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DES MOINES, IA-Increasingly, institutional investors on a quest for higher returns are climbing the risk spectrum in search of greater rewards than can likely be generated by core real estate. To that end, many are allocating more capital to value-add, opportunistic and offshore real estate strategies, according to “Expectations & Market Realities in Real Estate: 2007 – No Stone Unturned, the Global Search for Real Estate Alpha.” The fourth annual forecast was recently released by Principal Real Estate Investors, Real Estate Research Corp. and Torto Wheaton Research.

Andy Warren, of Principal Real Estate Investors, tells GlobeSt.com that as the economy slows, certain asset types will provide the best opportunity for value-add plays. On the asset side, development, and especially industrial projects, are key. Additionally, the best value-adds in the retail and office segment will be properties with a repositioning story, such as the enclosed mall that could be transformed into a lifestyle center.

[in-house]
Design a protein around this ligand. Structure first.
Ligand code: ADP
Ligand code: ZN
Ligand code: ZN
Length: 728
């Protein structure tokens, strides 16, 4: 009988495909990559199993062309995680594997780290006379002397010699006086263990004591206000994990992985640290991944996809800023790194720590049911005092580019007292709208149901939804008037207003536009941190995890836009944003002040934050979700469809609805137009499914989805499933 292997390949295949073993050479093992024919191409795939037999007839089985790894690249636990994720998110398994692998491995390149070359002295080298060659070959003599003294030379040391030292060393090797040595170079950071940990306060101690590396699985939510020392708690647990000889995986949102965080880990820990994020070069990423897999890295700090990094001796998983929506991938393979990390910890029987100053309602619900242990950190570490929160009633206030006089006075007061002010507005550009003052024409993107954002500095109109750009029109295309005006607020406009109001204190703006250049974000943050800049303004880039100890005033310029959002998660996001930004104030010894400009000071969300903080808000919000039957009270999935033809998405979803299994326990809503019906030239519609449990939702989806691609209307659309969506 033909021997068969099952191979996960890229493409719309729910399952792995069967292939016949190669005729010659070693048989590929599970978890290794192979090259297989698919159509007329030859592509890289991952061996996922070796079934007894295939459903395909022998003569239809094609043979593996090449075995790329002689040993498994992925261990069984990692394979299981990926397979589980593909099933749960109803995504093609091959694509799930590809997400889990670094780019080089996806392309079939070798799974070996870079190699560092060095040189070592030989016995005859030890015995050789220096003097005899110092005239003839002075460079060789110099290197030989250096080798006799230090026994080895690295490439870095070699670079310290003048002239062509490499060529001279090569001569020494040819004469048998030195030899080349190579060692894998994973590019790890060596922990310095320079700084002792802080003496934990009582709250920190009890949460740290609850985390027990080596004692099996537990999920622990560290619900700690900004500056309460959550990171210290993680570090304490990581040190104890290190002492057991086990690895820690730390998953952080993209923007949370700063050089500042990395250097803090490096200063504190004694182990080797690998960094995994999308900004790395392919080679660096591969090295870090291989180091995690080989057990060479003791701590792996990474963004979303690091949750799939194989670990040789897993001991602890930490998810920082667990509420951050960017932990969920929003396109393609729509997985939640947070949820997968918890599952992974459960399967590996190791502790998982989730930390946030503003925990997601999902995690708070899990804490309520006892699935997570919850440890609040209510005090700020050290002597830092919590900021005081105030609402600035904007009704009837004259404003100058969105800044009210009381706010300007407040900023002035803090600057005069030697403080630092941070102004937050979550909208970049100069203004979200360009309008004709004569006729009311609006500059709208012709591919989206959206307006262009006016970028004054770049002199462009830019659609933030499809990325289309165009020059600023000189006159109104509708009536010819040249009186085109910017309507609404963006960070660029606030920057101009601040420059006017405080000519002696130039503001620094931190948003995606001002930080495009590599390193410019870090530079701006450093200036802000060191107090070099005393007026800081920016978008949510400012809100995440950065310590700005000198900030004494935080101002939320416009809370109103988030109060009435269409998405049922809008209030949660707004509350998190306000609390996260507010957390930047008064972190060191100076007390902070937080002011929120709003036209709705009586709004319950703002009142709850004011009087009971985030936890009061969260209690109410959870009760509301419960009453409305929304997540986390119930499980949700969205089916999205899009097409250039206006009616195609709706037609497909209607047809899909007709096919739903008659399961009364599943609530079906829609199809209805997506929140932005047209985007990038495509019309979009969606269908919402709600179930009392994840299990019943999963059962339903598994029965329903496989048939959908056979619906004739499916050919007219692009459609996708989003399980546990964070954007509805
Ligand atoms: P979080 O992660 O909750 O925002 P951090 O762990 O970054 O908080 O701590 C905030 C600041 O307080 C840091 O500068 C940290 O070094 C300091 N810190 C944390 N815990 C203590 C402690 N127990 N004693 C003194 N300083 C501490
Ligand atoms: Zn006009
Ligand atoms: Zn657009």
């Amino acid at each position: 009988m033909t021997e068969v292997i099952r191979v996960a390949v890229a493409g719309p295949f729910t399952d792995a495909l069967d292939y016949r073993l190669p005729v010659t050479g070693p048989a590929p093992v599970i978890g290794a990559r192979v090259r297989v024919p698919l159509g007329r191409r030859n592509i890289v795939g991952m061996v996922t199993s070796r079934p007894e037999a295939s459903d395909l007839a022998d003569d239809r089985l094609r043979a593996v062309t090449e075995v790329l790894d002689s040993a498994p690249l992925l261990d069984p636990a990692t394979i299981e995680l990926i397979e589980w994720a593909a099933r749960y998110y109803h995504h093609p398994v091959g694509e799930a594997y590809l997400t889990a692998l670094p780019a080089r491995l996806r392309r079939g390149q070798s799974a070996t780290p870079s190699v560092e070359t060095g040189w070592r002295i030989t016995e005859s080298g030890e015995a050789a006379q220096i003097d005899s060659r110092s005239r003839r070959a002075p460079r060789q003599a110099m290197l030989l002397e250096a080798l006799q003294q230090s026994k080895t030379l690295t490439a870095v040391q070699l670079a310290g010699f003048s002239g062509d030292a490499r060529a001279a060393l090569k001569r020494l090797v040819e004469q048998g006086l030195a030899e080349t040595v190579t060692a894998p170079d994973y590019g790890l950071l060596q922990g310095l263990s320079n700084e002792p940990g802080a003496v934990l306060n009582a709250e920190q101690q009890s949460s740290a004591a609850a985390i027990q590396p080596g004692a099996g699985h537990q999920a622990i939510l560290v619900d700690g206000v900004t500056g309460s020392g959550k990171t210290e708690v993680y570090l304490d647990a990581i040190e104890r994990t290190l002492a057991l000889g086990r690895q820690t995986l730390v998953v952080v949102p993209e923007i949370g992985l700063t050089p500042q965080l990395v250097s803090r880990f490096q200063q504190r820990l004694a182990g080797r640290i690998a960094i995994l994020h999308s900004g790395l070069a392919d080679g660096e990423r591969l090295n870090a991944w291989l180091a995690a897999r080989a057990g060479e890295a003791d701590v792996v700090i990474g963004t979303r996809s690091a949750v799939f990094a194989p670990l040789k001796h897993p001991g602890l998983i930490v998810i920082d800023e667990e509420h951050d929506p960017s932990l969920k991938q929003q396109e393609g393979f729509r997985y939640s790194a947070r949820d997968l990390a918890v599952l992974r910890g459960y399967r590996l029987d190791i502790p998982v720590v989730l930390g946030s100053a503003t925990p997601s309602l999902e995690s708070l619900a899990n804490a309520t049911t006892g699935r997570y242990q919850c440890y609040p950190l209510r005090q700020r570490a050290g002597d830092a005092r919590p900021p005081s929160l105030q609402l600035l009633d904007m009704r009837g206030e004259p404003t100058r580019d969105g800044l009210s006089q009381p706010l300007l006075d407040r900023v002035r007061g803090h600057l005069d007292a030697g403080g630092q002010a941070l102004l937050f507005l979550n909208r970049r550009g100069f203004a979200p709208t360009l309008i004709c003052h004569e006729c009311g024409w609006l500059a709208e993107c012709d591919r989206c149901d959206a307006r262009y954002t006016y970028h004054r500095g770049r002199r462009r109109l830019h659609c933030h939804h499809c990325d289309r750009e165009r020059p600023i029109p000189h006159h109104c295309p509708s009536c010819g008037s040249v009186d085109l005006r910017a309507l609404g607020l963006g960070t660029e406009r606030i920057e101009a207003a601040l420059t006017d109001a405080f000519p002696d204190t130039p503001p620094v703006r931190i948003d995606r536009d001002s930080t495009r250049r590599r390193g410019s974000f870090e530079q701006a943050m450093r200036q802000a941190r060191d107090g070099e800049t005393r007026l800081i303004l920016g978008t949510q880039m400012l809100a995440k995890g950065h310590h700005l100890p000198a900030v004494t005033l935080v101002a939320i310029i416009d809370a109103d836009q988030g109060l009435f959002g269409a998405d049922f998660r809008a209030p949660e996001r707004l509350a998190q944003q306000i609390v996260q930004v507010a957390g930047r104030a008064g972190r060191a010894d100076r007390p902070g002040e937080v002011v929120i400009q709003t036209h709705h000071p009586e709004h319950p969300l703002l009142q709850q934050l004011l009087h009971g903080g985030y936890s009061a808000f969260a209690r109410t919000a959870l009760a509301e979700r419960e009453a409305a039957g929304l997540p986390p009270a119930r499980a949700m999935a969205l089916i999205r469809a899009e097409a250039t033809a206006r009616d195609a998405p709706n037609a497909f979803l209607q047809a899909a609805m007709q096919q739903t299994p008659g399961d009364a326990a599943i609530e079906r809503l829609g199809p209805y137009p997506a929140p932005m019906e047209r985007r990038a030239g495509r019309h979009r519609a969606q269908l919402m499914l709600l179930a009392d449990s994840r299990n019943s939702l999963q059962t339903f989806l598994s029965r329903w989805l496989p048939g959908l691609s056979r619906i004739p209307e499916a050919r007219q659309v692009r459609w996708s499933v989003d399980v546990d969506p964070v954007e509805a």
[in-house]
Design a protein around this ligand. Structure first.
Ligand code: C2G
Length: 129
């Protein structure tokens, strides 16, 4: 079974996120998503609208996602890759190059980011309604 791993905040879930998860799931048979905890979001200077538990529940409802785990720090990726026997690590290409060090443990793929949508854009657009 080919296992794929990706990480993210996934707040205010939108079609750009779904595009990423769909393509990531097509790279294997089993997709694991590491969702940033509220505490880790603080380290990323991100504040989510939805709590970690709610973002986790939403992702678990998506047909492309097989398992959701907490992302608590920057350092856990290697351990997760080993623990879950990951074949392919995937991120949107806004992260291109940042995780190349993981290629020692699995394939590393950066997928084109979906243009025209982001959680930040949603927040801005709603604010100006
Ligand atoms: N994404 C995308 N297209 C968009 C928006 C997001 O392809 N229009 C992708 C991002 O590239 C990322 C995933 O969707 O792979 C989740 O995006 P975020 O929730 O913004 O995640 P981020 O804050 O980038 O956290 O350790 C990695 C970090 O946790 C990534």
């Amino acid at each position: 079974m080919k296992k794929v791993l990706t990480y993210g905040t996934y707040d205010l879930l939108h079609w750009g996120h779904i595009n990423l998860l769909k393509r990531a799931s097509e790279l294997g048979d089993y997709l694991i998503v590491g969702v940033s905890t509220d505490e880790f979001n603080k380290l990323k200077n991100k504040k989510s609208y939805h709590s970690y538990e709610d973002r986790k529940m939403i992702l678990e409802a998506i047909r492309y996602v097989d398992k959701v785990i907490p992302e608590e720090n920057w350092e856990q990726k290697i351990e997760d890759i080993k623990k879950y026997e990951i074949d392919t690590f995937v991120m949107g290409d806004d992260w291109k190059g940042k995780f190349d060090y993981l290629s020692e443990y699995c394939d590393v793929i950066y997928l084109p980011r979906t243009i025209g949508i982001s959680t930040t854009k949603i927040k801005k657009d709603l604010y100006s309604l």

“Another thing that we have to look at with the economy slowing down is that certain markets will be more active than others,” Warren says. Houston, for example, is likely to continue to experience strong growth, while Detroit most likely will see no growth. Warren adds that the sunbelt and coastal states should remain vibrant markets.

In another move away from US core assets, foreign investors increasingly have been selling US properties to target other areas around the globe, Warren says. In markets, such as Eastern Europe and Asia, the investors are sometimes seeing double the returns realized on core assets in the US. Their experience as foreign investors in the US has made them comfortable to park their capital in other countries where the returns are greater, Warren explains.

Partnering with local players has become a key strategy for investors taking greater risks by entering new global markets or executing value-add strategies. The lack of transparency often associated with non-core real estate puts local market knowledge at a premium and often finds investors searching for development partners. Since everyone is looking for that “local player,” the market to find partners is extremely competitive, Warren says.

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